Yes, opensource is about nice code and not about usability by users. So?
Stop complaining about it. There are 20+ coders on blender, 2 Gui people who have no time and 0 managers. That's a typical opensource project, nothing news there.

But in the case of blender it's a bit weird to project Opensource values upon, because the interface is pre-opensource. It's the opensource that's going to make it more "intuitive".

But I'm a little confussed on how the Maya interface is suppost to be intuitive. I know it took me more then a year to change from Blender to Maya. And while it takes most of the time no effort to learn new features in blender, it's always a day or 3 before I understand a new feature in maya.

How is the constraints in maya intuitive?For example: Because it's the last selected that get constraint to, this means that if I want multiple objects constraint I need to do them all one by one. I rather have the blender "the active is the constraint to" method. Far more intuitive.

Then again, I'm not much of a reader.

Another thing that you seem to confuse is "not intuitive" and "easy to learn". I am personaly very against an easy to learn blender interface when it's going to cost work speed once I've learned it. I don't know if the oposite is currently true, there are people saying that it is. And I'm sure improvements can be made all around. But I always look at it like I look at a cockpit. If it can be simpler so it's easier to learn; great. But let's not make it so simple that everybody can learn it, and then while flying it turns out it's no longer a plane.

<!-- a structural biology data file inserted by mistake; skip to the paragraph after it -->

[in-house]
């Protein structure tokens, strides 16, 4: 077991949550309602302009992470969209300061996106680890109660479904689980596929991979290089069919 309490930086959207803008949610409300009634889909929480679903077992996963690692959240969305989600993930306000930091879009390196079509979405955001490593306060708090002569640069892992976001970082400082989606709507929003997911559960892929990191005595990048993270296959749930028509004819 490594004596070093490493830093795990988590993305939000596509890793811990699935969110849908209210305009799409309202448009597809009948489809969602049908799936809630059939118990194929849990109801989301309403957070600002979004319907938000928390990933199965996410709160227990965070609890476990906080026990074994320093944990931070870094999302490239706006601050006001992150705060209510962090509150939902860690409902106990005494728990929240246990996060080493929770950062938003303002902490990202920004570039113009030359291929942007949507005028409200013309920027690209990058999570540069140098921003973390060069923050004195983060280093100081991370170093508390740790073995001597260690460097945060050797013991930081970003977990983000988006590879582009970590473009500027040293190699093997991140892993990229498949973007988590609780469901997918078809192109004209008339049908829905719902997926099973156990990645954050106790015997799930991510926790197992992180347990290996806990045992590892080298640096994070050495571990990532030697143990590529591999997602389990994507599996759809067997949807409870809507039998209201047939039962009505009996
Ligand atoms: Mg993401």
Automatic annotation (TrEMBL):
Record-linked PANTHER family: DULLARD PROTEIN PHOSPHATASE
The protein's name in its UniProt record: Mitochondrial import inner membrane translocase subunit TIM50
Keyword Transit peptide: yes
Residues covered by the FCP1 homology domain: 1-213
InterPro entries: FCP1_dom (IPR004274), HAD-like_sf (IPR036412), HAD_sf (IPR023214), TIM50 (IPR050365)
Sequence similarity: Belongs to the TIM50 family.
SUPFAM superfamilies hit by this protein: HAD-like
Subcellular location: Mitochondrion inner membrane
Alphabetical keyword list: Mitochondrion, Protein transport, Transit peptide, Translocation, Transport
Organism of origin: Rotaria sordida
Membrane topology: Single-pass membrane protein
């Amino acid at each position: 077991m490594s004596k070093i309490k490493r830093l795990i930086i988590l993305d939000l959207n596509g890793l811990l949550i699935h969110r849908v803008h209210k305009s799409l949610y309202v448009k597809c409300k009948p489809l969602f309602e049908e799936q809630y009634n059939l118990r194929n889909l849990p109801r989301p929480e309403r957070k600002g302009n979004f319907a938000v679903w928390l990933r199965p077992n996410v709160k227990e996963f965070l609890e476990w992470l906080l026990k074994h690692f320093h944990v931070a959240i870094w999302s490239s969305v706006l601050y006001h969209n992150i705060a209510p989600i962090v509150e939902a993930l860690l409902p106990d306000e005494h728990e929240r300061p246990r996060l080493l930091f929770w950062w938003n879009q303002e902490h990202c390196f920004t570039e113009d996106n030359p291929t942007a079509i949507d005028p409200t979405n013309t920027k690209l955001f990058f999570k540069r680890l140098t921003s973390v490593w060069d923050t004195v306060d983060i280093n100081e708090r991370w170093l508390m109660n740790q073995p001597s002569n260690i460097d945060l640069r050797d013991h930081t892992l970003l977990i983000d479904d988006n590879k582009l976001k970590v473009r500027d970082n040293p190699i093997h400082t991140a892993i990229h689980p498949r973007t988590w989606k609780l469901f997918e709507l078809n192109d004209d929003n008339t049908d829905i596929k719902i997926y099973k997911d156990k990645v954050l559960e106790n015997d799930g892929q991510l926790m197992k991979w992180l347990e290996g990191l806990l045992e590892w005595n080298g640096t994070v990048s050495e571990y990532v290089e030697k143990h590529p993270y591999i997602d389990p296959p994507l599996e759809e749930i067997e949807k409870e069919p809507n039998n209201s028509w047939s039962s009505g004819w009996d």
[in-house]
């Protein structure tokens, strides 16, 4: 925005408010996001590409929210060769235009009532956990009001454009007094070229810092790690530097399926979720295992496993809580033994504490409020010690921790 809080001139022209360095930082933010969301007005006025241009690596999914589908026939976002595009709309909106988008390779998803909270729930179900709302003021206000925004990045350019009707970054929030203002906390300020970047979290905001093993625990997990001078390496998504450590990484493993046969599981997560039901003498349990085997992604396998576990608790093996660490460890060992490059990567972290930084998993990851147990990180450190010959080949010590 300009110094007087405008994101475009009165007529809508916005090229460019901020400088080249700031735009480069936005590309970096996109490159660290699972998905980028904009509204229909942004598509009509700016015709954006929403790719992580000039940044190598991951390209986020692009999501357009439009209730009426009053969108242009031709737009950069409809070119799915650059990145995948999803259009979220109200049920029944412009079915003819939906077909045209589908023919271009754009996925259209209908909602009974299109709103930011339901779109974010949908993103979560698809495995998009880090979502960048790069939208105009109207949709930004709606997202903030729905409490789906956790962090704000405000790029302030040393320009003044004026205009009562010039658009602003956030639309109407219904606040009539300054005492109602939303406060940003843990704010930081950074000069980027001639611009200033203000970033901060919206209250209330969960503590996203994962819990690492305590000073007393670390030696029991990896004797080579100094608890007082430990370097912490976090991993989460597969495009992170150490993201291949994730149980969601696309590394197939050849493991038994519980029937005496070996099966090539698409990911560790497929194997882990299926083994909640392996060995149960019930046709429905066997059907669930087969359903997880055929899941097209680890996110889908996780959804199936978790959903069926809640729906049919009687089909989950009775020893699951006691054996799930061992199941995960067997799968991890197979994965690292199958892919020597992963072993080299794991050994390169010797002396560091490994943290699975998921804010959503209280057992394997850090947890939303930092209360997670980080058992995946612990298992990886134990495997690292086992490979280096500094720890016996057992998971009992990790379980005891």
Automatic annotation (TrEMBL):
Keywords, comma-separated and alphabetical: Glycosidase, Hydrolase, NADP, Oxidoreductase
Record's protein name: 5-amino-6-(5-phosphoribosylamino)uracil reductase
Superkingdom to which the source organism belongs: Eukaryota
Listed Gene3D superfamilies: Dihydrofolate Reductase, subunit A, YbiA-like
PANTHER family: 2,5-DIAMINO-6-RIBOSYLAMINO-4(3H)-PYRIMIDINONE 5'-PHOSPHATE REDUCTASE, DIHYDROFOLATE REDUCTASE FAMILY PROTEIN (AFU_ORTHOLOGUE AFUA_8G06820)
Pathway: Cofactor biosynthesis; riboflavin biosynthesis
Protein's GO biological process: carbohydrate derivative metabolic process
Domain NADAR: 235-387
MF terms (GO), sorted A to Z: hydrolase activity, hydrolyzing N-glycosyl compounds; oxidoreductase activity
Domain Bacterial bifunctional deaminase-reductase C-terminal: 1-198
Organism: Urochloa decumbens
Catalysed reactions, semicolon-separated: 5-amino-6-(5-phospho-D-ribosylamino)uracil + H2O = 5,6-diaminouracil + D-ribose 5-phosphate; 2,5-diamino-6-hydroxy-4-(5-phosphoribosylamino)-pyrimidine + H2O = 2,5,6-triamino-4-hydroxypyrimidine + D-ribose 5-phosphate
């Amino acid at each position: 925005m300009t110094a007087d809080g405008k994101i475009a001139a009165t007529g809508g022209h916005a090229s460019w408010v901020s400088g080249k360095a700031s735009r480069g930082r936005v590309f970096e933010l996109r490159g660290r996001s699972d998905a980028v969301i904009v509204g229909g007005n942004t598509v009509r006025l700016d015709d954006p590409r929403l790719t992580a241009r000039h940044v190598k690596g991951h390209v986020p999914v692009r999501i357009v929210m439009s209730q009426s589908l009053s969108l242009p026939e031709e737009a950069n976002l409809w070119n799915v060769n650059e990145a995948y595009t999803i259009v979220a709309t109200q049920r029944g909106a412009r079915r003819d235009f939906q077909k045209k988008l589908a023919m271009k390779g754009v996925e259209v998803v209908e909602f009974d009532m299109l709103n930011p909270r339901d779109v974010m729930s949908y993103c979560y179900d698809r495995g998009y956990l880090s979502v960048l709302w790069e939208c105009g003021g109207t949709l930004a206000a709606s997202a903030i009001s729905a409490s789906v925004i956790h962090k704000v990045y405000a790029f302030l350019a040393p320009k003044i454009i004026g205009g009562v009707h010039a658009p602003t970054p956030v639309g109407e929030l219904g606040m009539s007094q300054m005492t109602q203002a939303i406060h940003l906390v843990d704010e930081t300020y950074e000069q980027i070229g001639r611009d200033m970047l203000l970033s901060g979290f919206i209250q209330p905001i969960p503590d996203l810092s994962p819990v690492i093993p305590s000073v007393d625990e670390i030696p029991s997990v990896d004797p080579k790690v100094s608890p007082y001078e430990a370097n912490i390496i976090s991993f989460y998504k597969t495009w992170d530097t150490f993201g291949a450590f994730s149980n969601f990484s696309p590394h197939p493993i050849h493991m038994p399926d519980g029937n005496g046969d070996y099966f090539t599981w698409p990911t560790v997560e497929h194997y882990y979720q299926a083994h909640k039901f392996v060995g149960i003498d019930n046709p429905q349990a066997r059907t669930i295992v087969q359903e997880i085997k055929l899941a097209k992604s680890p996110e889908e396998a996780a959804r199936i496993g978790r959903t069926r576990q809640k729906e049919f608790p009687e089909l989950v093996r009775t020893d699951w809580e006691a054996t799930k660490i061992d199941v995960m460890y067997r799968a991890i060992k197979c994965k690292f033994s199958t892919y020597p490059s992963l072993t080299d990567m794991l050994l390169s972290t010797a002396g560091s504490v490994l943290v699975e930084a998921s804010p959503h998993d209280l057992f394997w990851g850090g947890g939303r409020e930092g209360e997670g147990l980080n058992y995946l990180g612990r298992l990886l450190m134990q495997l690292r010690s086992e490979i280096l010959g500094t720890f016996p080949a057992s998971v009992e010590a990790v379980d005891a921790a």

Broken had a session about metaphores in software (gui) enginering at bconf 2004. The advantages of metaphores are that they are fair. Everybody knows that a sheet of paper over another sheet of paper means that the over one in above the under one. Creating or inventing metaphores can thus remove the "intuitive to you!" issues. Ofcourse we can still argue on what metaphores to use. For instance I had a nice discussion about time/clock vs timecode. Should the blender time be in movie frames, clock time or tape timecode? For us frame lovers blender is very intuitive, for the clock/timecode people it's pure horrid.

jesterKing
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Re: Blender User Interface - An Opinion

Post by jesterKing » Tue Mar 07, 2006 8:54 am

broken wrote:
jesterKing wrote:The user interface is not like it is because it wants to be "free". The user interface is, because it is optimal. Forgive my counter-opinion, but I believe "n00bing"-down an interface for the sake of perceived intuitivity is *not* the way to go.
Be careful making blanket statements like this - just like in all areas of Blender, there are plenty of things in the interface that are sub-optimal. Many of them are known, and will be fixed in time. Assuming that because something is in Blender, or even might have been for a while, that it's perfect is completely wrong.
end rant.
I stand corrected - I let sentiment get the overhand in this particular part of the post (see the Tribes II part, which is the actual reason for bringing it up ;) ). I do also agree that the UI is not perfect - there is always room for improvement.

/Nathan

efflux
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Post by efflux » Wed Mar 15, 2006 7:35 am

I have just been experimenting with other 3D applications including Maya. I found that Maya and some of the other programs I was testing did not have nearly as good an interface as Blender. Blender is not easy to learn because it is different not because it is unintuitive. You only realize this after putting some learning effort in. In time, when more programs improve their UIs, I think those other apps that don't change will seem very clunky and old hat.